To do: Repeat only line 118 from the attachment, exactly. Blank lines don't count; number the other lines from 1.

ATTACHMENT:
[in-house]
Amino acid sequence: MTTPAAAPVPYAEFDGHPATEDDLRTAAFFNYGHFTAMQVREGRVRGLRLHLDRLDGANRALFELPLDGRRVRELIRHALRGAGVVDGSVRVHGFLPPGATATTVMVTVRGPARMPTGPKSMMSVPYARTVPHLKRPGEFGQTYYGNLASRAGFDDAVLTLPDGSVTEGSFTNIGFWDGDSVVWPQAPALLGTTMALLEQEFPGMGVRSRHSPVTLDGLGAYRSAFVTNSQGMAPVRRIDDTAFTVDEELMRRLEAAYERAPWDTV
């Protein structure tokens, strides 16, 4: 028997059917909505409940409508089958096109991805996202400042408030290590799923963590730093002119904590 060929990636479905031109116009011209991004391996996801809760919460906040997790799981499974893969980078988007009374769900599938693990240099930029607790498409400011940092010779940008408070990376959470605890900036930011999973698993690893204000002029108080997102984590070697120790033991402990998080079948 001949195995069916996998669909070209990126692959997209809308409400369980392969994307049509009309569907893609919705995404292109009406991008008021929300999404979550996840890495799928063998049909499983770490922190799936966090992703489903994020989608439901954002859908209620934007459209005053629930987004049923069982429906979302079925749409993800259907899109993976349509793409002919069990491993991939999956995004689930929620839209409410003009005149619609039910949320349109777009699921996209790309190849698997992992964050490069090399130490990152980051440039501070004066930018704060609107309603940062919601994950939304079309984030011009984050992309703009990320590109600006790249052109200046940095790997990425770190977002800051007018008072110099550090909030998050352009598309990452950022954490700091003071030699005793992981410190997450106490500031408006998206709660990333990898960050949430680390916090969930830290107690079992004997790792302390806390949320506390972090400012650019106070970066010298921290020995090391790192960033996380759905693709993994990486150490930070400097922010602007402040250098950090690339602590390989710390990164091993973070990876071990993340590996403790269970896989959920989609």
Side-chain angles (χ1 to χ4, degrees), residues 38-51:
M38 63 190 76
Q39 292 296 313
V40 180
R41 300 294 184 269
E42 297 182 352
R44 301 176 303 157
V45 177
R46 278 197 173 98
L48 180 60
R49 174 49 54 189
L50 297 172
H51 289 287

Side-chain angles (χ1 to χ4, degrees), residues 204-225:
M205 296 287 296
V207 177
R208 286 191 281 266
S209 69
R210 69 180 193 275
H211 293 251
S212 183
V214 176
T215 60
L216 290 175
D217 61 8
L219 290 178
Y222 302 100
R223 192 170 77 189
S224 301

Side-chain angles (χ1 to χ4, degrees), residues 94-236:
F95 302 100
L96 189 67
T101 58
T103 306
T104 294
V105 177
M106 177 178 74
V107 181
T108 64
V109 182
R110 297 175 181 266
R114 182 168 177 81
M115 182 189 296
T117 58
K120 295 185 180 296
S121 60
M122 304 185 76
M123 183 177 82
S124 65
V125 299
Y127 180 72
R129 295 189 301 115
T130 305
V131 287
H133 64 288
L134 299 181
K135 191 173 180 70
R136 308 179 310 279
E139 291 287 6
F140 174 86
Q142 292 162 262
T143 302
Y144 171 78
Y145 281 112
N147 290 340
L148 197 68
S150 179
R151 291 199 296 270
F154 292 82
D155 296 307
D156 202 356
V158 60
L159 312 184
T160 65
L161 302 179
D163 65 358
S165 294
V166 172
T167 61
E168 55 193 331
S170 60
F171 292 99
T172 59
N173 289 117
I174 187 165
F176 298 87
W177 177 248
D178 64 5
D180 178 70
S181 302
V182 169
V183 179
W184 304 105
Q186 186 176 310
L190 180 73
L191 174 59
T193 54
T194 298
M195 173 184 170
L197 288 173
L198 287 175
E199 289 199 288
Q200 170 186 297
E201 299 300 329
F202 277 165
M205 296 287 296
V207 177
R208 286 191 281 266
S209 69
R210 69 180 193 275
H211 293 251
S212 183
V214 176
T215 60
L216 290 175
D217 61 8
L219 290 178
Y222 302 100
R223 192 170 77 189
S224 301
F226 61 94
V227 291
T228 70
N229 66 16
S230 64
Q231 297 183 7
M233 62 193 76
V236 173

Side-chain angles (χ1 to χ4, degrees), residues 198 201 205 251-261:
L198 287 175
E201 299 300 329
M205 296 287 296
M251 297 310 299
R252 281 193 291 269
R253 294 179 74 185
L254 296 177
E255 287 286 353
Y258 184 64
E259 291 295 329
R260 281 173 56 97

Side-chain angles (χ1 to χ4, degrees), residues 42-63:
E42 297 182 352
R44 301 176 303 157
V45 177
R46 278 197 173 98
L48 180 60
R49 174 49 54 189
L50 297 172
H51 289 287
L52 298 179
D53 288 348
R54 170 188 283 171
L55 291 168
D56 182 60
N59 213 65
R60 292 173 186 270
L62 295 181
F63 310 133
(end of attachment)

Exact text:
L216 290 175